Symbolism in Traditional Chinese Weddings and Marriages
Just as in the other facets of ancient Chinese life, many of the customs and rituals concerning the marriage proposal, presenting the betrothal and wedding gifts to the bride's parents, sending the bride's dowry to the future groom's family, and the wedding ceremony itself, involved the use of traditional wedding and marriage symbols.
For example, the traditional dowry would include scissors shaped like two butterflies which symbolize joy and warmth and being inseparable, vases which symbolize peace, and rulers which symbolize large fields for farming.
The dowry would have included a chamber pot filled with various fruits (symbolizing fertility) and coins (symbolizing wealth and prosperity).
The bridal bed was installed on the day before the wedding by a person with "good luck" (i.e. having many children). Auspicious symbols such as dates (meaning "soon"), peanuts (meaning "give birth"), chestnuts ("establish sons"), pomegranates (fertility), lotus seeds ("continuous births"), bran ("rich son"), and other fruits were scattered on the bridal bed. Children were then allowed to play on the bed and grab the treats.
The bride's hair was styled in the glow of "dragon and phoenix" candles representing the union of a man and a woman, and she would wear a red silk veil under a phoenix bridal crown.
The groom would wear a cap decorated with cypress leaves symbolizing the wish for "many" such as children, money, etc.
The procession from the groom's home to obtain the bride was accompanied by a dancing lion or Chinese unicorn (qilin 麒麟) symbolizing good luck, prosperity, goodwill and benevolence. At the bride's home the groom would receive a pair of chopsticks which had the hidden meaning of "having sons quickly".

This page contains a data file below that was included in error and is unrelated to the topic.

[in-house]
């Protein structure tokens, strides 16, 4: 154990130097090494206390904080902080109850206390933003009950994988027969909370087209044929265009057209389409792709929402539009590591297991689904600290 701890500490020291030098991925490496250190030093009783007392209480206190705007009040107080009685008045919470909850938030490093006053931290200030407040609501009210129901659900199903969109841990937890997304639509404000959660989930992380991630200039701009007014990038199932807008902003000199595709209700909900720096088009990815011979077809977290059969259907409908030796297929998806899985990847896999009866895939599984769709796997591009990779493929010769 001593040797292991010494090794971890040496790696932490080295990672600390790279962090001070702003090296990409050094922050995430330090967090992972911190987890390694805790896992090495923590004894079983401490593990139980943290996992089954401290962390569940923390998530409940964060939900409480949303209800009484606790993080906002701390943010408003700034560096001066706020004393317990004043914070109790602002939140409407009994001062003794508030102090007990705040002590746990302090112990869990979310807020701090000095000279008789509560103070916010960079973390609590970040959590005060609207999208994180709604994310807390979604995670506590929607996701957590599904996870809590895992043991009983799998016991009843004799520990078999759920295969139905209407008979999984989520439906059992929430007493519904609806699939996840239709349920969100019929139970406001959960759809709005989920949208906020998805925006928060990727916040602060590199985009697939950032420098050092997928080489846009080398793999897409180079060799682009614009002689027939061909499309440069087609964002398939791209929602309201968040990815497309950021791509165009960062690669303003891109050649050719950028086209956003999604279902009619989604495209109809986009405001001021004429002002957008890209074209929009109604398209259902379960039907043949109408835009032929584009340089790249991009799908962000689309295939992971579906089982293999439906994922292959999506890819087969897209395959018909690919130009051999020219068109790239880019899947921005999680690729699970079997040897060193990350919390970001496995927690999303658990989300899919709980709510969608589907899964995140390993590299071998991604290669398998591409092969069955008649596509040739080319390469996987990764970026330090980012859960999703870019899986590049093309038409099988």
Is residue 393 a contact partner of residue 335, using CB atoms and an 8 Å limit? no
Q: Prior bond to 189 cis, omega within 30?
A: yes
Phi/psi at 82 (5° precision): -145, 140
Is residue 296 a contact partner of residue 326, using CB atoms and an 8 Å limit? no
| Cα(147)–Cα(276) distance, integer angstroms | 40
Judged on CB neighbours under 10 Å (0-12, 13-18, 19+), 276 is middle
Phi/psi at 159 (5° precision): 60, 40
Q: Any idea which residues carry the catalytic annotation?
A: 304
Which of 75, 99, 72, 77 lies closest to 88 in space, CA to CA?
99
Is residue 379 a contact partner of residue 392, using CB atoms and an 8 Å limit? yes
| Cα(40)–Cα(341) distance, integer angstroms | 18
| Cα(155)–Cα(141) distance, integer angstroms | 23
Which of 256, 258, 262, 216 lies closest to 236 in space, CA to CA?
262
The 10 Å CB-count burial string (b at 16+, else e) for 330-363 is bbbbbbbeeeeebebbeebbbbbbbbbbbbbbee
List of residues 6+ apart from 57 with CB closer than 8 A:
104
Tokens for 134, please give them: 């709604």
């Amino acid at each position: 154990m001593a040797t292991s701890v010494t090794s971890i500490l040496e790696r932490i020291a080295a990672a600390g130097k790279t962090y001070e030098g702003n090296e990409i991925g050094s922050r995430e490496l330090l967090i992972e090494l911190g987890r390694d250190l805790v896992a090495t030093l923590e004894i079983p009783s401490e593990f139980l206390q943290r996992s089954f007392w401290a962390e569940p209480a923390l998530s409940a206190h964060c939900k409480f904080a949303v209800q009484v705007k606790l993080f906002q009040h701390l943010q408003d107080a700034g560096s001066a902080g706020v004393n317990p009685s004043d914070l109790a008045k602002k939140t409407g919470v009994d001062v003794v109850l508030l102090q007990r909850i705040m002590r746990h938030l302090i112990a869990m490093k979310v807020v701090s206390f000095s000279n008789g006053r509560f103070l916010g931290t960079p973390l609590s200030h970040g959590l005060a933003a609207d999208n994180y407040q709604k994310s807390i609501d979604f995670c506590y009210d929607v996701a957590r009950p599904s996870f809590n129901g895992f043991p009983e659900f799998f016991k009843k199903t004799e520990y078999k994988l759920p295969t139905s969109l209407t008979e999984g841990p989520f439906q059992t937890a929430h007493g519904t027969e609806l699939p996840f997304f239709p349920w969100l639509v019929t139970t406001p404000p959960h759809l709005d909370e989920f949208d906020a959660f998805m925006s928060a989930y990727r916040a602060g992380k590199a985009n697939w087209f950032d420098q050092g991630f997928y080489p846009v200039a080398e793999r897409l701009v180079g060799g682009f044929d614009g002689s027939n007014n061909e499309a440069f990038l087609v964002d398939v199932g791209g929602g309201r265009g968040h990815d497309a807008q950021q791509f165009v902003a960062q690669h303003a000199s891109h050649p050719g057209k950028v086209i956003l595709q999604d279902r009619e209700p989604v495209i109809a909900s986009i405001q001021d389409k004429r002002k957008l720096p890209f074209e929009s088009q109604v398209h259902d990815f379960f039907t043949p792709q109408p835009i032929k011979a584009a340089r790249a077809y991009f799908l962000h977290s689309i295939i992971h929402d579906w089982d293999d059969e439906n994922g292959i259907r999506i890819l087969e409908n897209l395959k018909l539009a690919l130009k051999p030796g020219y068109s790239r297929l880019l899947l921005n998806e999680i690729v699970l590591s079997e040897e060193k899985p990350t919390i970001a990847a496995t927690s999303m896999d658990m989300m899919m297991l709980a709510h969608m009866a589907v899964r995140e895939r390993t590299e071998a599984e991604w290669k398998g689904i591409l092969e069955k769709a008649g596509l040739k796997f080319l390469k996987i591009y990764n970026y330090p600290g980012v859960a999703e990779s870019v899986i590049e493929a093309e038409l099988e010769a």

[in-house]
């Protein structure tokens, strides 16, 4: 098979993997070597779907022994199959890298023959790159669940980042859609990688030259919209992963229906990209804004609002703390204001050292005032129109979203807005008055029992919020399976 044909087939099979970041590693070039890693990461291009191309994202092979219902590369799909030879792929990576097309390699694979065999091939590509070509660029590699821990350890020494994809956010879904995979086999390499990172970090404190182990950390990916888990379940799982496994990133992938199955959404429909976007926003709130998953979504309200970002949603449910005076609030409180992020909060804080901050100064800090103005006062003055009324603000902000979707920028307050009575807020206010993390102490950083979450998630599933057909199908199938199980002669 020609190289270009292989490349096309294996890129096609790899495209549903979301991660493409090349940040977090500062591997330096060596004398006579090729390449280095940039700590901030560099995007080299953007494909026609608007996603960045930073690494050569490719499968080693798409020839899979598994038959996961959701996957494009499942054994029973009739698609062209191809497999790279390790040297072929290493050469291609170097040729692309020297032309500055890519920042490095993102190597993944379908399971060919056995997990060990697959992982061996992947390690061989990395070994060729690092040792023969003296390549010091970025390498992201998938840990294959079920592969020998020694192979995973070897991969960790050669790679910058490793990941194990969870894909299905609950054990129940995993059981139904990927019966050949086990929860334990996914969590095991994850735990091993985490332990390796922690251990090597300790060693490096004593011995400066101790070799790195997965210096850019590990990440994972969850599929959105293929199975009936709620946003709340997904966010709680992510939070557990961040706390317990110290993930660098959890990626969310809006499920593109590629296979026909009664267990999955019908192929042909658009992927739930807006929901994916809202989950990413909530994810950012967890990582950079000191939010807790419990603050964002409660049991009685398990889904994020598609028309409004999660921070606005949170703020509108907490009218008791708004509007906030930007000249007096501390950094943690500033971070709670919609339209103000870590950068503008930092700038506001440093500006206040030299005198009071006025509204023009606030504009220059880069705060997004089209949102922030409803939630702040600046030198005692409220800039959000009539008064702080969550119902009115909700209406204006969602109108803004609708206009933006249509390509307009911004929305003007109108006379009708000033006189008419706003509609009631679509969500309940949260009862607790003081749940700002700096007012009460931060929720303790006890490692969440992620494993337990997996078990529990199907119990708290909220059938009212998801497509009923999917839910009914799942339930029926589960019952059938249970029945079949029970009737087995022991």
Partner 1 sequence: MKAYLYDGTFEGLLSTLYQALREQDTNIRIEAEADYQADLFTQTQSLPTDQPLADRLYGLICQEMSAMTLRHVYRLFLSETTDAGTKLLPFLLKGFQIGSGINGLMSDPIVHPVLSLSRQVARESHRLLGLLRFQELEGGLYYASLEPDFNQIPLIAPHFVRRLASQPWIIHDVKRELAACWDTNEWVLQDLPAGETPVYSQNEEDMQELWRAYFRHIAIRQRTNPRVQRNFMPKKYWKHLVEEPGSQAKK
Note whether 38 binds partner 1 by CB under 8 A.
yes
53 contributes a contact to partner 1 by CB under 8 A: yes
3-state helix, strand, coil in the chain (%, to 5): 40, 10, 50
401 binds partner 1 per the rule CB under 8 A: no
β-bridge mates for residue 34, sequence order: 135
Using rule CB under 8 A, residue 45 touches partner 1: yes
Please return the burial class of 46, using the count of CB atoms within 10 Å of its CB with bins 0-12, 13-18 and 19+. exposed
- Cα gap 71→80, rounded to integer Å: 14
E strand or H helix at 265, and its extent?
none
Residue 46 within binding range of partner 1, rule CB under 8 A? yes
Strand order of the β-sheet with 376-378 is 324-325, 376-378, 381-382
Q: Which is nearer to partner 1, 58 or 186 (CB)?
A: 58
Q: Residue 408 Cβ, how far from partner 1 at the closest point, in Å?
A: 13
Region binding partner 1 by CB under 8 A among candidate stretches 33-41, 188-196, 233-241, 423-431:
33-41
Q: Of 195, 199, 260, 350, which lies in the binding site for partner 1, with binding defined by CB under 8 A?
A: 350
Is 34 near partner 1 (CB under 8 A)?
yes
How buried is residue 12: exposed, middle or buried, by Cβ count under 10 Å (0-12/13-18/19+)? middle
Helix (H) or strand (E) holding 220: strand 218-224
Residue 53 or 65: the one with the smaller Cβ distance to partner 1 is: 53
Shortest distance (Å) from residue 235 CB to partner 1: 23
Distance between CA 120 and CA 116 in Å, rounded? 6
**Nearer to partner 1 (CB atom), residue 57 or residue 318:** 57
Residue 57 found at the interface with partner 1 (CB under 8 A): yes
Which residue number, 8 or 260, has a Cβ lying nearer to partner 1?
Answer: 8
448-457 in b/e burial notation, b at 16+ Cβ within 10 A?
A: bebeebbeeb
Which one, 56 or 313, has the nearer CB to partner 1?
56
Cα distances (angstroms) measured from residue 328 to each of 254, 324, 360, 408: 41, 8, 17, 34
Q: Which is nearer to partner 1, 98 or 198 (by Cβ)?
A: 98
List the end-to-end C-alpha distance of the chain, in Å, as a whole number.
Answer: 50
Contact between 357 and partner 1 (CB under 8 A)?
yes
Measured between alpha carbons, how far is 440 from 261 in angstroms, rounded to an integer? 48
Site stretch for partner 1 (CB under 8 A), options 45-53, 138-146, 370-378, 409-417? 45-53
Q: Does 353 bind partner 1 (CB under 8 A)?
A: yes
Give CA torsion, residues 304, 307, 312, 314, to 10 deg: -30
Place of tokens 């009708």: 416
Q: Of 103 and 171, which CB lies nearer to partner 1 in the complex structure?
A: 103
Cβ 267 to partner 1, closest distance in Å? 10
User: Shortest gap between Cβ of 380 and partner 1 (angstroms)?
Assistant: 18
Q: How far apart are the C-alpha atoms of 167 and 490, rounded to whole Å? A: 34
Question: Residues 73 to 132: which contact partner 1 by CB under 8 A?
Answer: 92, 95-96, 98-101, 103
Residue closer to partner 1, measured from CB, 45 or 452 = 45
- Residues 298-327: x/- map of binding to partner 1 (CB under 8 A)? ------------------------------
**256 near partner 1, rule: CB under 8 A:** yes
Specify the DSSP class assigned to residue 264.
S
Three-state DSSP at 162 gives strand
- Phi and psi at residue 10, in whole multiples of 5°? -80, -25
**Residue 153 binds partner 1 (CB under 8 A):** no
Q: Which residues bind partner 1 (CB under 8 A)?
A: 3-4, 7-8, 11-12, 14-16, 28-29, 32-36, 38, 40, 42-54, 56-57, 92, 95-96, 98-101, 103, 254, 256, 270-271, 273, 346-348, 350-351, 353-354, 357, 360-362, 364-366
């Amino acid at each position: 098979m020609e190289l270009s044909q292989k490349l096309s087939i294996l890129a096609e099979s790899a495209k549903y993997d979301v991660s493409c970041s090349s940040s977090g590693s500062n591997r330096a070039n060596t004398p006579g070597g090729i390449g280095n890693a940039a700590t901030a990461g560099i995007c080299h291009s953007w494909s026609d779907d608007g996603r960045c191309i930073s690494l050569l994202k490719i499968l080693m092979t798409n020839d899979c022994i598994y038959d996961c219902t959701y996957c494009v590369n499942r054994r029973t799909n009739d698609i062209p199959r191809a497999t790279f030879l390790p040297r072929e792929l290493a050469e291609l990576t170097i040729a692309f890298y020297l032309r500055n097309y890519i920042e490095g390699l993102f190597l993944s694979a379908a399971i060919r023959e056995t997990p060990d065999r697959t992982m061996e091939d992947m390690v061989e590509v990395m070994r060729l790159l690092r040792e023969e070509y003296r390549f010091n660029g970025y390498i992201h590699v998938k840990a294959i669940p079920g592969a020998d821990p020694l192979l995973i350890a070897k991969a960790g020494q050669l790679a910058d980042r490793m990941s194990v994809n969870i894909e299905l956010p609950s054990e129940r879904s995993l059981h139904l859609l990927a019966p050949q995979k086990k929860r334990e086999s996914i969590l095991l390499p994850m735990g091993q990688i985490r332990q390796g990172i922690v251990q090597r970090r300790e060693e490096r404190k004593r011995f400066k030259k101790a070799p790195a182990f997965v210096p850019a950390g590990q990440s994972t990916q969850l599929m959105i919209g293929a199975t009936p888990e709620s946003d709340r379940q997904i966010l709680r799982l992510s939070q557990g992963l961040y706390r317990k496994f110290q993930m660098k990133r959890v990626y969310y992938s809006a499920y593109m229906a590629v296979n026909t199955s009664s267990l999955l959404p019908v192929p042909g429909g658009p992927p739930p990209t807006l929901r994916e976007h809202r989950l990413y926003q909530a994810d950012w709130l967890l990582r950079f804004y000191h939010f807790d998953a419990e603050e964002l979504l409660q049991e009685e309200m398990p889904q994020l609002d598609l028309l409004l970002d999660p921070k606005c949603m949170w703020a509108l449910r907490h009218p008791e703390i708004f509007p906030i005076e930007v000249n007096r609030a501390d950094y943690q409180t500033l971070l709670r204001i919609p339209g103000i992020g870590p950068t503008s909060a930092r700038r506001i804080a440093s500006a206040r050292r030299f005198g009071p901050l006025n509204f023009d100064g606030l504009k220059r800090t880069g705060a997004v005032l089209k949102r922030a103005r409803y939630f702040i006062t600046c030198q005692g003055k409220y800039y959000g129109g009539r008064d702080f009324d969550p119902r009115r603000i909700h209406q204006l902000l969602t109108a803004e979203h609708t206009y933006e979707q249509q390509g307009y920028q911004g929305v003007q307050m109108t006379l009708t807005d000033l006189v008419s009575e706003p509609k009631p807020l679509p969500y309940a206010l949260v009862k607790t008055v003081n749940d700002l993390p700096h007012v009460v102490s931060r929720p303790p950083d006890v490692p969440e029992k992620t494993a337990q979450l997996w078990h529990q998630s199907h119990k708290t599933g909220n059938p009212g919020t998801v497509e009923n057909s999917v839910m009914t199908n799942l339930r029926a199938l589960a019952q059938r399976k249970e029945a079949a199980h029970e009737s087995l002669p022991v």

On the bride's journey to the groom's home, fertility symbols of rice and grain were scattered before the procession. A traditional Chinese bronze mirror would be attached to the rear of the sedan chair or to the bride's garments to protect her from evil spirits.
A bronze mirror (tongjing 铜镜) and a pair of shoes (xie 鞋) were also a traditional marriage gift because the words combined formed the auspicious meaning of "together and in harmony" (tongxie 同谐).
Upon crossing the threshold of the groom's home, the bride would step over a "saddle" (an 鞍) which in Chinese has the same pronunciation as the word for "peace" (an 安).
At the wedding ceremony, the bride and groom would seal their marriage vows by drinking wine and honey from two cups tied together by a red cord. This reflected the belief that the "God of Marriage", also known as the "Old Man of the Moon" (yue lao 月老, jie lin 结琳, or yue xia lao ren 月下老人), used an invisible red silk thread to tie together the feet of couples destined to be married.